25 July 1875
Birth of Jim Corbett
Edward James Corbett, conservationist and author, was born on 25 July 1875 in Nainital, Uttarakhand. His efforts led to the establishment of the Jim Corbett National Park.
- Jim Corbett was born in Nainital as the eighth child of Christopher William and Mary Jane Corbett.
- Christopher Corbett served in the military before he was appointed as Nainital’s postmaster. He died when Jim was six years old.
- Young Jim was fascinated by the wildlife around his home. He loved to spend time in the jungles and was quick to learn the ways of the forests. He could identify animals and birds by their calls. He could read forest signs and predict wildlife movement from the different sights and smells of the forest.
- He took up a job with the railways before turning 19 to support his family. He also became a good hunter because of his brilliant skills in the wild.
- During that time, there were many man-eating tigers and leopards that harassed human beings in the region. Corbett tracked and killed a number of these man-eaters. In fact, sometimes he was specially assigned by the government to help kill man-eaters. He is said to have killed 14 leopards and 19 tigers.
- The first leopard that he killed was called the Panar Leopard that was allegedly responsible for killing 400 humans.
- However, from being a professional expert hunter, Corbett turned into a passionate conservationist. His hunting experience revealed to him that most of these man-eaters had unhealed and septic wounds from gunshots that were left open and exposed.
- He then became a naturalist and conservationist who started teaching children about their natural heritage and about the need to protect forests and the wildlife in them.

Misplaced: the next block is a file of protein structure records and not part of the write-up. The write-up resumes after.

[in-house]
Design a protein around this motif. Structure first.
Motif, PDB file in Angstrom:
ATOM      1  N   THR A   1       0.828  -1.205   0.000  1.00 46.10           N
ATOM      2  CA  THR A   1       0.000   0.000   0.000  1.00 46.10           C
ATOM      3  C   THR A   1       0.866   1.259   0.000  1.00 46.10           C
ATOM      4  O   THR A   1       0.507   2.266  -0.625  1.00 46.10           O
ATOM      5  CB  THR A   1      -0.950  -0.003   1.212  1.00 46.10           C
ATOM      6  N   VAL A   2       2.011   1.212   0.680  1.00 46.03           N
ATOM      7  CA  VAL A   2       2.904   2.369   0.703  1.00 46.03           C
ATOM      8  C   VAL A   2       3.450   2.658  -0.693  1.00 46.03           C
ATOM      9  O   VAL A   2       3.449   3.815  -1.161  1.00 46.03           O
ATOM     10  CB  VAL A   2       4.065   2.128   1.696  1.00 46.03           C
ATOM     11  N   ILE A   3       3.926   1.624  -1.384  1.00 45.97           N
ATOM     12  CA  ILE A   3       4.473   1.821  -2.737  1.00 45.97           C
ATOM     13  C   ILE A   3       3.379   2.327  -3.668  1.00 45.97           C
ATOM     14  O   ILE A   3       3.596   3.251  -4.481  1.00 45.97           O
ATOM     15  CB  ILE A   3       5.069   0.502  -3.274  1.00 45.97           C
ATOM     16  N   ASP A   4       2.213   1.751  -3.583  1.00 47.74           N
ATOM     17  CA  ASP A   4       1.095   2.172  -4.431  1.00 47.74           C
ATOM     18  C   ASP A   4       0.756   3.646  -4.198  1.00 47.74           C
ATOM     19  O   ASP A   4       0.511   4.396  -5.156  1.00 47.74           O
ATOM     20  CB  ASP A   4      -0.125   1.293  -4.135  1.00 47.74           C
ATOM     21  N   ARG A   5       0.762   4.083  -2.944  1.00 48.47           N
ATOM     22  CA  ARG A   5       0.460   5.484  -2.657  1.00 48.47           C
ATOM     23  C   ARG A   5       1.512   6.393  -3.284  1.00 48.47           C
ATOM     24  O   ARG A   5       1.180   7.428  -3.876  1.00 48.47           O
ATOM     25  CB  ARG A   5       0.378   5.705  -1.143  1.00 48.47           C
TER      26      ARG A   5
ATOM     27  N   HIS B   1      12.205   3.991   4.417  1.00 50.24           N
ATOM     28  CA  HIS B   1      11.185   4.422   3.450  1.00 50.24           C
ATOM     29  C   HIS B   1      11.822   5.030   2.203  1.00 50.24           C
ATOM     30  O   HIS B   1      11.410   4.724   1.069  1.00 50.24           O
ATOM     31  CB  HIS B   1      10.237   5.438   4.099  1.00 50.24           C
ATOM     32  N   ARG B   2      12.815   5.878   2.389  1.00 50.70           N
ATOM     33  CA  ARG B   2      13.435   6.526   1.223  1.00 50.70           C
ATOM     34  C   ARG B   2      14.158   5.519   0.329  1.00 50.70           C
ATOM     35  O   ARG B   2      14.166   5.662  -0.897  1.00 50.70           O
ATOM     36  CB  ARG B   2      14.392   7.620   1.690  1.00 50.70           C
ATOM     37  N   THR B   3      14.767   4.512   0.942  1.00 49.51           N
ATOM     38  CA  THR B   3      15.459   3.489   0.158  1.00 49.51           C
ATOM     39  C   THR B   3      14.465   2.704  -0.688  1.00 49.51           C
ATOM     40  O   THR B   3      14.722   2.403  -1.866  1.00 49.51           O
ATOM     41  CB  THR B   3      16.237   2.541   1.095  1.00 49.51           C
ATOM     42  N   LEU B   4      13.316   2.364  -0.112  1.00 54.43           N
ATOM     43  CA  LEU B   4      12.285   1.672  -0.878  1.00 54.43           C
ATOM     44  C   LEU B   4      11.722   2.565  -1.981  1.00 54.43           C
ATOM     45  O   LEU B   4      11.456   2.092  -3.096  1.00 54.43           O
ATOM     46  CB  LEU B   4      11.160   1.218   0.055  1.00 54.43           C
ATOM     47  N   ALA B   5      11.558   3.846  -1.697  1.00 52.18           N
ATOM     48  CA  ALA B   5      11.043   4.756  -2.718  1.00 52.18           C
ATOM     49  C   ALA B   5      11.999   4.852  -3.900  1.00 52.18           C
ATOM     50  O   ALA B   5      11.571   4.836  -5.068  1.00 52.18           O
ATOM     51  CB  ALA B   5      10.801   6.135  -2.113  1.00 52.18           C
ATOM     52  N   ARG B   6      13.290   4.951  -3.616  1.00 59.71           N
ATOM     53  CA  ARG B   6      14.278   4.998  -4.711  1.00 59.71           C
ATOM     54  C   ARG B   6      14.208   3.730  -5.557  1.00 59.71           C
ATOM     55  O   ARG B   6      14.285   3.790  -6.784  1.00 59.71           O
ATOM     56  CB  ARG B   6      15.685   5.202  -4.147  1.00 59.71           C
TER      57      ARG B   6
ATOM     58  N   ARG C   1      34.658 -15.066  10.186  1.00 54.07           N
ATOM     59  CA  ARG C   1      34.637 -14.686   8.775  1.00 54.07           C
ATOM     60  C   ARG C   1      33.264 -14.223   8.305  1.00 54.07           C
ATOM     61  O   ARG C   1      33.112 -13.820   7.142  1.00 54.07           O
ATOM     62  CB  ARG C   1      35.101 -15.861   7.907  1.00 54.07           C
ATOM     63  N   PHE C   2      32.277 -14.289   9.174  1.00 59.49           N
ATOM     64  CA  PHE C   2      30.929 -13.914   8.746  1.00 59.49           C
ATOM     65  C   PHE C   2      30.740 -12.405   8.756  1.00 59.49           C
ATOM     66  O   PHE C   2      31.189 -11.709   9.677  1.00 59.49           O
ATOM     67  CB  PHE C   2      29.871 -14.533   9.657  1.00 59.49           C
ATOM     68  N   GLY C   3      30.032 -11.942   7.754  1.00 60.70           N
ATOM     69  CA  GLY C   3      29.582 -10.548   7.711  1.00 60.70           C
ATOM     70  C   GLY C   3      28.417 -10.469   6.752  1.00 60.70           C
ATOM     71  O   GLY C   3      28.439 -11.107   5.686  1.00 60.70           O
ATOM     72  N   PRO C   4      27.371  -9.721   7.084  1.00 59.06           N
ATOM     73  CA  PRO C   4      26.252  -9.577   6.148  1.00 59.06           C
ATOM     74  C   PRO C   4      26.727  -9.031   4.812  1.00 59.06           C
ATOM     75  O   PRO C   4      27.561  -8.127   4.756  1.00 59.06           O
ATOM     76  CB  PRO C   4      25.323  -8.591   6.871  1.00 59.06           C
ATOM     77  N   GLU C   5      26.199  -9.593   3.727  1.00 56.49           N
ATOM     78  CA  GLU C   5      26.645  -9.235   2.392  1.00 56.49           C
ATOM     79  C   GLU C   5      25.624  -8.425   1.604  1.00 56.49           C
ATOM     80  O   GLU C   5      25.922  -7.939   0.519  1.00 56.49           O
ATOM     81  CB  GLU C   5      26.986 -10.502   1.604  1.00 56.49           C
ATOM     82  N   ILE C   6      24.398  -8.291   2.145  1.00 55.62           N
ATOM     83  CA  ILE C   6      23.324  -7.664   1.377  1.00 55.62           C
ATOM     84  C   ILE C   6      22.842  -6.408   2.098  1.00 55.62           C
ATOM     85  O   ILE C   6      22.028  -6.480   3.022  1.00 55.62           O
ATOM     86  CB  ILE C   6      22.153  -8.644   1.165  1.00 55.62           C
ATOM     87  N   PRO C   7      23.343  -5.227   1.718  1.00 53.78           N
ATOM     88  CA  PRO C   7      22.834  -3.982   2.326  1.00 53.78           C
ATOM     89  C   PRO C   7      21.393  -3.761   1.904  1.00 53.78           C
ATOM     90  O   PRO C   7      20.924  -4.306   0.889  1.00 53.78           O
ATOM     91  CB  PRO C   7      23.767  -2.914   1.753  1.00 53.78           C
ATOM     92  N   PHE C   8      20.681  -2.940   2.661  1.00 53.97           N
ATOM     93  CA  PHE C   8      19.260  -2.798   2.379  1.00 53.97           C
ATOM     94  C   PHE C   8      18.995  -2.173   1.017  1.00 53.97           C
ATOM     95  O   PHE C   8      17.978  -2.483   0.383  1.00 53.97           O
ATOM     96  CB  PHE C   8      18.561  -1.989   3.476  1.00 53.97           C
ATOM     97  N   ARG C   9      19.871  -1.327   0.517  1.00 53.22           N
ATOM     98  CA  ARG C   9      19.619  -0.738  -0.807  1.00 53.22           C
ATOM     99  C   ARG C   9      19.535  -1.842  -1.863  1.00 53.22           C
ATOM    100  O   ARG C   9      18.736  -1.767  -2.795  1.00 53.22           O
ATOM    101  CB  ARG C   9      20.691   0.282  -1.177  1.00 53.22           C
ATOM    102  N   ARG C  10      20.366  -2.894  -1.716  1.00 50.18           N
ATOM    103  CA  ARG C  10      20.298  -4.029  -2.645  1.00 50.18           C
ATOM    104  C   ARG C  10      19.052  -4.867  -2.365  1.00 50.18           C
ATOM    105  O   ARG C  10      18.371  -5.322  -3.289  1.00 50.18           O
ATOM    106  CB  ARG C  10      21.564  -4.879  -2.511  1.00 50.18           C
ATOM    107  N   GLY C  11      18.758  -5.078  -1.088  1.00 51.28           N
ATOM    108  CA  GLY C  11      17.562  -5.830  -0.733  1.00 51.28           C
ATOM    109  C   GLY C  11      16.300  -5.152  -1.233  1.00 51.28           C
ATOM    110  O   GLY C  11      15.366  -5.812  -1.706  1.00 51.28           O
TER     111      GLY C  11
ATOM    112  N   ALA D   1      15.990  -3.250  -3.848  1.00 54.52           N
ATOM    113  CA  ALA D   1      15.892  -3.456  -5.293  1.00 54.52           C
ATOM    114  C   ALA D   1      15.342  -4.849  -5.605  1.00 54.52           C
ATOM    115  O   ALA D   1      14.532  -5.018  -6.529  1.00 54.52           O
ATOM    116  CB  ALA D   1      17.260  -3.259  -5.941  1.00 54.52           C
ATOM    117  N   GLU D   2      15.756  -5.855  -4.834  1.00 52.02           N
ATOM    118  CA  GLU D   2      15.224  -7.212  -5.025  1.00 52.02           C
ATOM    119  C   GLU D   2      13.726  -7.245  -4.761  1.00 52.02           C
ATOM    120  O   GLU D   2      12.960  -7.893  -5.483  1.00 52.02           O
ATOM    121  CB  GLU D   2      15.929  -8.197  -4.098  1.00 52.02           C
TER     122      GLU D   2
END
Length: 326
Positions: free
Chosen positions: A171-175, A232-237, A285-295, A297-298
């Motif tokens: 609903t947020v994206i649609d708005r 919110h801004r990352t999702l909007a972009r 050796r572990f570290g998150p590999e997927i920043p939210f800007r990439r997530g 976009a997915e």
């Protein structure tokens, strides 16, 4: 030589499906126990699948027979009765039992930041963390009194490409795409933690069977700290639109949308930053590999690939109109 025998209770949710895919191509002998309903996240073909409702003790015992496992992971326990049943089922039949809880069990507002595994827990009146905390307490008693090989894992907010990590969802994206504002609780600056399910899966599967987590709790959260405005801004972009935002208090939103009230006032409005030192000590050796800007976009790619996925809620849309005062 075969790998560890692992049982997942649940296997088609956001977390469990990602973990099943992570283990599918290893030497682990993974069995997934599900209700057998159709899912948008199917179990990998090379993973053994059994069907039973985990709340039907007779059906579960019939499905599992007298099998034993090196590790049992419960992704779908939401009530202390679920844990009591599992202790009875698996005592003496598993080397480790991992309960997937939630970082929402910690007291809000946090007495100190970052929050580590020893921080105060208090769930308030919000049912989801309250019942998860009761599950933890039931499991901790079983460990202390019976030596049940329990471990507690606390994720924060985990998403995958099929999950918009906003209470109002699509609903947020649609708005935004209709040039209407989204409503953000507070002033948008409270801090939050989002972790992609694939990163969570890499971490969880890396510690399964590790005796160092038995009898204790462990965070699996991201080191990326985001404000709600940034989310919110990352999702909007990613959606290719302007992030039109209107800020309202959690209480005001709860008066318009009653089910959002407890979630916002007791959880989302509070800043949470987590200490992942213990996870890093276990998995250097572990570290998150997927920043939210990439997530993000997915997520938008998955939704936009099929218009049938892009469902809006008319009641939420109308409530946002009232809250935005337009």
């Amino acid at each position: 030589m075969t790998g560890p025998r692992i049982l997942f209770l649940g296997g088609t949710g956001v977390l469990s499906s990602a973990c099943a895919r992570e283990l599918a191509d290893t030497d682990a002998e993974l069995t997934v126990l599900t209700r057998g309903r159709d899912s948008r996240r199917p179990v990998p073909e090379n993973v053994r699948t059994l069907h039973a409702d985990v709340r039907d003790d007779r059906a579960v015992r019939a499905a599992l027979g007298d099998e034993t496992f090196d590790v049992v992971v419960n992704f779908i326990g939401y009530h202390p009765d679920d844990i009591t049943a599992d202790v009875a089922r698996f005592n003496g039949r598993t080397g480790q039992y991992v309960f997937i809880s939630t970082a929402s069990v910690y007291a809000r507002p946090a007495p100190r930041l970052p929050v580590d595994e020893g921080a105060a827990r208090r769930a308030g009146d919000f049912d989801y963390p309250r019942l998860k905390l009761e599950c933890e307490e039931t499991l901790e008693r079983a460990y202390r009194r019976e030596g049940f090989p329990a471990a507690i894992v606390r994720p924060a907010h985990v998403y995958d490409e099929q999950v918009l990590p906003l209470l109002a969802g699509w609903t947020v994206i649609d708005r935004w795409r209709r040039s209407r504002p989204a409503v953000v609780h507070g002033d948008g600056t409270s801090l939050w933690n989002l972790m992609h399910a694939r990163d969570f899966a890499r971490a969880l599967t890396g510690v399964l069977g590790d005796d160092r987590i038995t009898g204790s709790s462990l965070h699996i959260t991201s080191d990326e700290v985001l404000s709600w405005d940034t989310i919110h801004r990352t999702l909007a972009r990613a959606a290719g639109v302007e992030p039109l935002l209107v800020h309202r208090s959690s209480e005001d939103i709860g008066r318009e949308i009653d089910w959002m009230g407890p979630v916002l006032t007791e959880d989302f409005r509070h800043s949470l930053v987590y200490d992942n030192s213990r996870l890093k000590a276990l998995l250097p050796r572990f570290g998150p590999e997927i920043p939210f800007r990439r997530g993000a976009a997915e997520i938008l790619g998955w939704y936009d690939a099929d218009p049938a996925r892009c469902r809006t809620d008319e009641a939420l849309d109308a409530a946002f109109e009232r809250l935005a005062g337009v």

- He called for the need to protect the country’s wild fauna from getting extinct.
- As an author, Corbett earned a lot of critical acclaim. His books, ‘Man-Eaters of Kumaon’ and ‘Jungle Lore’ were bestsellers.
- He used his considerable influence in establishing not only India’s, but also Asia’s first national reserve, the Hailey National Park in 1936. Initially, the park was about 324 square kilometres, and named after Sir Malcolm Hailey, the then Governor of the United Provinces.
- It was a reserve in which hunting was prohibited and rules were drawn banning the hunting of birds, reptiles and mammals within the enclosure. It was especially created to preserve the Bengal Tiger.
- In 1955-56, the park was renamed the Corbett National Park after Jim Corbett.
- The park was the first one in India to be selected for the tiger conservation programme of the Indian government, Project Tiger, when it was launched in 1973.
- At present, the area of the park is about 520 square kilometres. It comprises of hills, marshy depressions, riverine belts, grasslands and also includes a great lake.
- 73% of the park consists of forest area and 10% form grasslands. It has 110 species of trees including peepal, sal, mango and haldu trees. Its fauna includes 580 bird species, 50 mammal species and 25 species of reptiles.
- The park also has a waterfall called the Corbett Falls within its area.
- The park is now an attractive tourist destination with tens of thousands of tourists visiting the park every year.
- Corbett retired to Kenya in 1947. He passed away on 19th April 1955 in Nyeri, Kenya and was buried there.
Also on this day
1978: The world’s first test tube baby, Louise Joy Brown was born in England. 1997: K R Narayanan became India’s first Dalit president. 2007: Pratibha Patil became India’s first woman president.
See previous ‘This Day in History’ here.